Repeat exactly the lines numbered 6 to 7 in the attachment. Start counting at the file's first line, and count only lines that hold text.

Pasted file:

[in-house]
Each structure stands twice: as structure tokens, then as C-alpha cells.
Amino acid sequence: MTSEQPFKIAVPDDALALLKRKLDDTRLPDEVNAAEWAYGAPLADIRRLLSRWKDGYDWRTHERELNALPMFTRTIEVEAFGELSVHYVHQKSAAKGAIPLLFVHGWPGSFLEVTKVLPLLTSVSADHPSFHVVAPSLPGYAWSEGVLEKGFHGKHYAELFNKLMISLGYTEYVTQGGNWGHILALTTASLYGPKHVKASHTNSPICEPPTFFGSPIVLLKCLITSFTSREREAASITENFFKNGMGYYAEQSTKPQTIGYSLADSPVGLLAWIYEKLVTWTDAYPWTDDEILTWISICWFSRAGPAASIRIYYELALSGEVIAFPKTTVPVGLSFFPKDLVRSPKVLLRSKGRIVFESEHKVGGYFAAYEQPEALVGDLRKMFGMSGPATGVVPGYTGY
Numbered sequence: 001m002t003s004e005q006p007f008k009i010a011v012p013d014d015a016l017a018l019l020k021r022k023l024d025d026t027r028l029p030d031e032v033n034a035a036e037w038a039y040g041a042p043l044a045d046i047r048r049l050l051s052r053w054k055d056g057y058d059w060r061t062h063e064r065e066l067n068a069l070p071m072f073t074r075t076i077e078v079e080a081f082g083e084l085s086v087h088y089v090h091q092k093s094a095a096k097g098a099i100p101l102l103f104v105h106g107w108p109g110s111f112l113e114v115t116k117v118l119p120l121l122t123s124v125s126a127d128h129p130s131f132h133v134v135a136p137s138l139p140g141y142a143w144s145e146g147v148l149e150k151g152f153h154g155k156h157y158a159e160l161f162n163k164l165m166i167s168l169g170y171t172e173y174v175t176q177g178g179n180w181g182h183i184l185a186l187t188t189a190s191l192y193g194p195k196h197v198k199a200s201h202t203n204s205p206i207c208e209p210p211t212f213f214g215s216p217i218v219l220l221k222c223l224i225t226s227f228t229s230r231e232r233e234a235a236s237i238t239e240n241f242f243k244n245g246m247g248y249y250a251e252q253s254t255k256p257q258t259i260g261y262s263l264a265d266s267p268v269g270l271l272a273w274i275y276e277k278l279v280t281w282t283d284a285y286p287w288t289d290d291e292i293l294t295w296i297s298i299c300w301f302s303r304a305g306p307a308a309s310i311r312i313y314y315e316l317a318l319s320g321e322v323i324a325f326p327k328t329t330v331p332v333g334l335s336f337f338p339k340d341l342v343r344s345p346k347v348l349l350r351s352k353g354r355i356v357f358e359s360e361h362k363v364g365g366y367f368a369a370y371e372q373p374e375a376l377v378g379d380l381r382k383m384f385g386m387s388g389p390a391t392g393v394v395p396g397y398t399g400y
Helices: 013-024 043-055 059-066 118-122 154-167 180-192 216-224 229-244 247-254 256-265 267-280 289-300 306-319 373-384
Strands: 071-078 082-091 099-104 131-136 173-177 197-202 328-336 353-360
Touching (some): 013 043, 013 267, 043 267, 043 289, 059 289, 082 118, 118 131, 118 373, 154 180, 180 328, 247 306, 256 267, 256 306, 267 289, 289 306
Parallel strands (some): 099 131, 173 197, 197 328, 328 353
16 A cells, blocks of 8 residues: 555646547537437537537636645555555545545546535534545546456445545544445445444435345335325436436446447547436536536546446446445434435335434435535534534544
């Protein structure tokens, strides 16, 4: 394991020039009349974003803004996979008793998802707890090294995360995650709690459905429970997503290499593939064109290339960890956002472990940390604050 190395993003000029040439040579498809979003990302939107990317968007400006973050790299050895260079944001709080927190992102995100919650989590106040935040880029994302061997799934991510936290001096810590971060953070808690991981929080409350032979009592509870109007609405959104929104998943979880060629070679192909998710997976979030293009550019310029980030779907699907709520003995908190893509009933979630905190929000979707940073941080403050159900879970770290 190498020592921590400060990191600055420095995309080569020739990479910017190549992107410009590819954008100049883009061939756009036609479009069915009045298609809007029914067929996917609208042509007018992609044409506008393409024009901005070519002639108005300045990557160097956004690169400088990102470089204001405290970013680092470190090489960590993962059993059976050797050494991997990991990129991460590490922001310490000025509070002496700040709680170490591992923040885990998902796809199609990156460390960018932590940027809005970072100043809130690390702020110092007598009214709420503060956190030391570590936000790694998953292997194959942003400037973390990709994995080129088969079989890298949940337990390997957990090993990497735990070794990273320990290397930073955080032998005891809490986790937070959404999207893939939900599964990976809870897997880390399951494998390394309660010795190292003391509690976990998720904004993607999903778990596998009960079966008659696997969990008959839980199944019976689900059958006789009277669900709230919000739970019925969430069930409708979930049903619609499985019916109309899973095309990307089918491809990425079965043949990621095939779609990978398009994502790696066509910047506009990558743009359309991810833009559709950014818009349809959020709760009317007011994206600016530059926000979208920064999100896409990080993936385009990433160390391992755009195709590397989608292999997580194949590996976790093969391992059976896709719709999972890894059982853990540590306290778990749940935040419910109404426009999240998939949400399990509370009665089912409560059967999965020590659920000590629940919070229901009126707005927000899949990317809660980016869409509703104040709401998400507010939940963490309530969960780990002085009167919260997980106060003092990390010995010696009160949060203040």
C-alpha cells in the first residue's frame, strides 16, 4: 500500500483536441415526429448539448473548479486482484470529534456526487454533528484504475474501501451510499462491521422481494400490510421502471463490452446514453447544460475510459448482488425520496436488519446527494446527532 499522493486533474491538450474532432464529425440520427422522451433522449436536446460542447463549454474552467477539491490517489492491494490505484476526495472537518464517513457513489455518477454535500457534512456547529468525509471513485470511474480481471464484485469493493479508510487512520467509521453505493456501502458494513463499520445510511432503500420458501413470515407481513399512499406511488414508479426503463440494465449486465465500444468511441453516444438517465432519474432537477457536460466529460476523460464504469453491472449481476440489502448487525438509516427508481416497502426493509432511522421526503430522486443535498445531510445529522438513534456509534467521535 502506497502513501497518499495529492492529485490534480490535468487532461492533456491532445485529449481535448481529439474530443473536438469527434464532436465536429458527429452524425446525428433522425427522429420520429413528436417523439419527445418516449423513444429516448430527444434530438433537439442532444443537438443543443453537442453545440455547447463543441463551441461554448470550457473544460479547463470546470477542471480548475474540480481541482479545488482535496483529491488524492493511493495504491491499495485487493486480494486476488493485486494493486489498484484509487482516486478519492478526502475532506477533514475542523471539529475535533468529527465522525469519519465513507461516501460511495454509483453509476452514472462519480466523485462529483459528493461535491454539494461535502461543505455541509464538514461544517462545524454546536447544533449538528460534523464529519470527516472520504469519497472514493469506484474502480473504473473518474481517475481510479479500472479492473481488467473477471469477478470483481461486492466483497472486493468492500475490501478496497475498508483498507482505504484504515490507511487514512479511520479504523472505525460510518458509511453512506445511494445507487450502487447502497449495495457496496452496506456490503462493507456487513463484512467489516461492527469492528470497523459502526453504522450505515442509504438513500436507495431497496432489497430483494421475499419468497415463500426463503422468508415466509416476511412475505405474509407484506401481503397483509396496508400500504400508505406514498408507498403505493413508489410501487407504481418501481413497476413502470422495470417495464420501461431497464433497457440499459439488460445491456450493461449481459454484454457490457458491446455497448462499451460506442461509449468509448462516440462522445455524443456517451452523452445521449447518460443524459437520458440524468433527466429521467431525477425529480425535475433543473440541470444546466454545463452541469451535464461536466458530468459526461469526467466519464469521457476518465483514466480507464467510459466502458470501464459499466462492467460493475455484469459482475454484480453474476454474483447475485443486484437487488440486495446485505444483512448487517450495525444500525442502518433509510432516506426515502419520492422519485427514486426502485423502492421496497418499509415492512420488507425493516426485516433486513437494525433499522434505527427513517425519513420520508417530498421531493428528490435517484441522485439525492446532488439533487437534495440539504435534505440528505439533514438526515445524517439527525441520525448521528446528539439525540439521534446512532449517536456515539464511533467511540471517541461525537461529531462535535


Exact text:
Strands: 071-078 082-091 099-104 131-136 173-177 197-202 328-336 353-360
Touching (some): 013 043, 013 267, 043 267, 043 289, 059 289, 082 118, 118 131, 118 373, 154 180, 180 328, 247 306, 256 267, 256 306, 267 289, 289 306